Bigger and more complicated thermal treatment systems require constant monitoring, and at least one technician should always be located within 20 minutes of an operating site. Although thermal project sites have many remote monitoring features, response time is critical on larger sites due to the elevated temperatures and potential for vapor releases.
If you have chosen ERH as your thermal remediation technology, multiple voltage checks at the surface are required during startup and immediately following any operational changes. These voltage checks ensure a voltage potential will not be discovered by anyone other than the site operator(s) using the proper equipment.
This is not a box to check off a list—it is important that your thermal contractor takes it very seriously and thinks through the unique aspects of your site that could hide voltage potential. In my experiences, one of the most overlooked areas of a site is swinging gates on a fence. In the closed position, the gate would have no voltage potential but when opened, the contact is broken, and voltage potential is present. The solution is to bond both parts of the fence together such that both sides of the fence are still connected, regardless of whether the gate is in the open or closed position.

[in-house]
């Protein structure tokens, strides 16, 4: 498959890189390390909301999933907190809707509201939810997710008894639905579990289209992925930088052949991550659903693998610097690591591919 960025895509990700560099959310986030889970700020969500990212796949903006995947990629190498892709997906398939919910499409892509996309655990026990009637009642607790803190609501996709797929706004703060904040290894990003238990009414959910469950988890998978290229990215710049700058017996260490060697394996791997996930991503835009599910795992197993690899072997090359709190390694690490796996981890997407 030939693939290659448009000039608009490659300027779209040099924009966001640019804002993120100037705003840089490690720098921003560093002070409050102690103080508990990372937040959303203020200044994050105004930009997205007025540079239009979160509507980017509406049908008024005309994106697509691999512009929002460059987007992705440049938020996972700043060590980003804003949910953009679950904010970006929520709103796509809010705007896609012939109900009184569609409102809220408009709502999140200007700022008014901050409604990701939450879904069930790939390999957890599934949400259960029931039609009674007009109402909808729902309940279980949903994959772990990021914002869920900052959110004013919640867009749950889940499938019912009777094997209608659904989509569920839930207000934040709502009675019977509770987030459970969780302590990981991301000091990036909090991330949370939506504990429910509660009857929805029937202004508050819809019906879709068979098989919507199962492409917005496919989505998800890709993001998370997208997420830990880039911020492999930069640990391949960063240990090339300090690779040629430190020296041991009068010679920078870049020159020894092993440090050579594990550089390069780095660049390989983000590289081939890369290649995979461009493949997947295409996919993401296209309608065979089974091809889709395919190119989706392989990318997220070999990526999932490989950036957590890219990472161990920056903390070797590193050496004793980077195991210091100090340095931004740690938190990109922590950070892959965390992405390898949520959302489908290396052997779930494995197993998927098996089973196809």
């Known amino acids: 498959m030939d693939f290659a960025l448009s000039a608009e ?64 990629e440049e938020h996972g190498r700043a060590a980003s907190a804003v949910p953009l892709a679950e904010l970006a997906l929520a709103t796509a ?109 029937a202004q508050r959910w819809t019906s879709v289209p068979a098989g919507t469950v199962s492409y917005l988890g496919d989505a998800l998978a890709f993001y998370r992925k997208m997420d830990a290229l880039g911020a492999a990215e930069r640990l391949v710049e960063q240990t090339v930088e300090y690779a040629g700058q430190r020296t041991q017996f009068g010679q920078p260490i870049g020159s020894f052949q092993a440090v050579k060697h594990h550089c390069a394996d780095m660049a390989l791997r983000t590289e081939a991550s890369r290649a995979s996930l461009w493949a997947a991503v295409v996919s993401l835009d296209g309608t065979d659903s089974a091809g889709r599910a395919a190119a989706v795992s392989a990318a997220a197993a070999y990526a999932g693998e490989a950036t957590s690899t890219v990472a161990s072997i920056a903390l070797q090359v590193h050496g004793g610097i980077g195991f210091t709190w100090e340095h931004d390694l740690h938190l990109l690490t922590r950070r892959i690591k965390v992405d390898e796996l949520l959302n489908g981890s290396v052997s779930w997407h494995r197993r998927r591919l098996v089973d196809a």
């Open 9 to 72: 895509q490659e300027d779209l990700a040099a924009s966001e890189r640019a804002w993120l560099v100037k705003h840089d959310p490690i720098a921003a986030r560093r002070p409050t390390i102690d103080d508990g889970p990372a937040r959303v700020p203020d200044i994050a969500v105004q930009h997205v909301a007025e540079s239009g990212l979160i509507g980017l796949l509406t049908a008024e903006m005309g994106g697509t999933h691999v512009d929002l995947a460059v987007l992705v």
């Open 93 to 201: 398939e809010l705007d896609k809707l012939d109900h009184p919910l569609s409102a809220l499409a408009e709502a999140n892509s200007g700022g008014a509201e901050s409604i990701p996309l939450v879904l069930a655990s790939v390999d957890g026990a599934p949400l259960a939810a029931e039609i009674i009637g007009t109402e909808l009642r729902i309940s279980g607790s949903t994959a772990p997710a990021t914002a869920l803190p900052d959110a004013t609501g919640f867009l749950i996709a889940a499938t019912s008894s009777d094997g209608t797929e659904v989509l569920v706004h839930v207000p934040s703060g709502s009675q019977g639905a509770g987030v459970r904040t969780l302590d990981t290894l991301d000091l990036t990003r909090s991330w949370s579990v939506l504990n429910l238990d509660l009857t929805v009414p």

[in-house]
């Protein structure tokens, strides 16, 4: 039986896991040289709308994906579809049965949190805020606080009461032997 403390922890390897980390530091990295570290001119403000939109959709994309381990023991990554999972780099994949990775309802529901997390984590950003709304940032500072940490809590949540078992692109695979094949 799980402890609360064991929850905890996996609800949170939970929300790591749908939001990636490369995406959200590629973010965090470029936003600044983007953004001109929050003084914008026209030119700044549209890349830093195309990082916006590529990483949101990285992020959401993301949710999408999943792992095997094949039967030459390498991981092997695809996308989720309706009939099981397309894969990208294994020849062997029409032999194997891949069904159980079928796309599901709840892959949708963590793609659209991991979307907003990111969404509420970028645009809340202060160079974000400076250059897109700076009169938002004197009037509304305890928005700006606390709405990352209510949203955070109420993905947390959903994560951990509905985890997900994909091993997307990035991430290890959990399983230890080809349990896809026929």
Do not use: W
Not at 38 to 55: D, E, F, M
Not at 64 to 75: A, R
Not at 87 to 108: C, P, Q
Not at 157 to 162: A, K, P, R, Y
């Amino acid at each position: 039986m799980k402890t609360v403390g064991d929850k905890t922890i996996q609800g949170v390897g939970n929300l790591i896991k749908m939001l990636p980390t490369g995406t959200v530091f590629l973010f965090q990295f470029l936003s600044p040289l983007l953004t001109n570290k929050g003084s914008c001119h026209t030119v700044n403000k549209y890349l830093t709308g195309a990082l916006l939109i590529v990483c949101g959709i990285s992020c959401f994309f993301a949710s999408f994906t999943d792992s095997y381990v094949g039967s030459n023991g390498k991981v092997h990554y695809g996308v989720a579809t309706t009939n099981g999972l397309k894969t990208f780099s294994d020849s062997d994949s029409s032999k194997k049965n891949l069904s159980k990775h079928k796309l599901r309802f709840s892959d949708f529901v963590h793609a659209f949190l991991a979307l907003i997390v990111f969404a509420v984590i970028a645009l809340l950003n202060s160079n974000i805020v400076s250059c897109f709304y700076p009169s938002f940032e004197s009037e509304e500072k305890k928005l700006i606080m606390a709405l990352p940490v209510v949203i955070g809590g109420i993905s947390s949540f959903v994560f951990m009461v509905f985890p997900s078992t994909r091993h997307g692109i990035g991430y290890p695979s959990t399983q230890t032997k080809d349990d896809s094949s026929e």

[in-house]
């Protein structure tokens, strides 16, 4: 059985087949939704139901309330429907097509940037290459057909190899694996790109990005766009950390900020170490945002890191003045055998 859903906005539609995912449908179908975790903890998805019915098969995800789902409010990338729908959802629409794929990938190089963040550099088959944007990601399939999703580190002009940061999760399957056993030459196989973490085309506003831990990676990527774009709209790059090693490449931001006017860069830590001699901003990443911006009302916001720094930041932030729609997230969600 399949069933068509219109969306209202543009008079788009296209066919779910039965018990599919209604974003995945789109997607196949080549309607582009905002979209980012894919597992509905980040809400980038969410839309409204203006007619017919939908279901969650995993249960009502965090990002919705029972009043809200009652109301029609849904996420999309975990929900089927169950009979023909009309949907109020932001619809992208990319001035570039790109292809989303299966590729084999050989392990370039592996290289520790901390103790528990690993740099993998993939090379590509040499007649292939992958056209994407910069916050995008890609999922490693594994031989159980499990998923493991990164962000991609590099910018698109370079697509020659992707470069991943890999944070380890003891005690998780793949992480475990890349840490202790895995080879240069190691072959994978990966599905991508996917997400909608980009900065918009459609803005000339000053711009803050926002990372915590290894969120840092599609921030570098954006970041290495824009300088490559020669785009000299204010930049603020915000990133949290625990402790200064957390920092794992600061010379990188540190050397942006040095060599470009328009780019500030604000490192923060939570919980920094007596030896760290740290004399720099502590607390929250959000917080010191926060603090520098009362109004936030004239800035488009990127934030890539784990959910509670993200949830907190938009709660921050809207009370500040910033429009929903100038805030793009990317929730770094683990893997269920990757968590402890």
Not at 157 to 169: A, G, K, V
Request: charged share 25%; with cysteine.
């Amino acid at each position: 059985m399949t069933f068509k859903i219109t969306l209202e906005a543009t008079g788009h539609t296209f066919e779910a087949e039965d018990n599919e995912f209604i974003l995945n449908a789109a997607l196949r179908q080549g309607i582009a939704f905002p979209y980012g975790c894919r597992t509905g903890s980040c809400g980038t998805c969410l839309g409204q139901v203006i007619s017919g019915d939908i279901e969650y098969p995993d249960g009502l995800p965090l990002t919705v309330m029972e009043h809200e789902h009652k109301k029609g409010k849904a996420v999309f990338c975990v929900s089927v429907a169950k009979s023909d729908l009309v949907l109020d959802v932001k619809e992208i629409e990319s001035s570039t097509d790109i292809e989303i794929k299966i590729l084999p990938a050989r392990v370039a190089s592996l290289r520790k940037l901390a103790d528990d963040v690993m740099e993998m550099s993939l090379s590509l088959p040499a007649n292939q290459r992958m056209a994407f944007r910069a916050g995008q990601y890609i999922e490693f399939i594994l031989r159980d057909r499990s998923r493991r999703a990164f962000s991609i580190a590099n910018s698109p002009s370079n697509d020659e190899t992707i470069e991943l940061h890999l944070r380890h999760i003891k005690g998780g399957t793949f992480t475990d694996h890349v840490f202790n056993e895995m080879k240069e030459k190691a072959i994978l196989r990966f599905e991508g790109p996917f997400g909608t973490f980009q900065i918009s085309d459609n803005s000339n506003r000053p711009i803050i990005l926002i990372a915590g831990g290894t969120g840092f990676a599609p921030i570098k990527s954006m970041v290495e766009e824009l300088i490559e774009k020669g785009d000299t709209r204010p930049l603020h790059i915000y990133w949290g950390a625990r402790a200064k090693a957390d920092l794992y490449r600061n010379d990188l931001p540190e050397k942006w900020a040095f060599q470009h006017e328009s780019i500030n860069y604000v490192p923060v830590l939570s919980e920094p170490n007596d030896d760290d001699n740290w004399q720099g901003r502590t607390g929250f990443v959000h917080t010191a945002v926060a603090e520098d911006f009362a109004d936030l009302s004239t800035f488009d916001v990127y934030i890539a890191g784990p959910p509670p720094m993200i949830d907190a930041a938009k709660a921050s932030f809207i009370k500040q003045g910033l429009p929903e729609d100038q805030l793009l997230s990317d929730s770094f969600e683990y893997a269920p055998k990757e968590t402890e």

You and your thermal contractor’s crew should assume every piece of surface treatment equipment at the site is too hot to handle, and use proper personal protective equipment (PPE) at all times. Steam equals pressure, so also assume everything is under pressure—another reason to wear PPE whenever on site. No exceptions!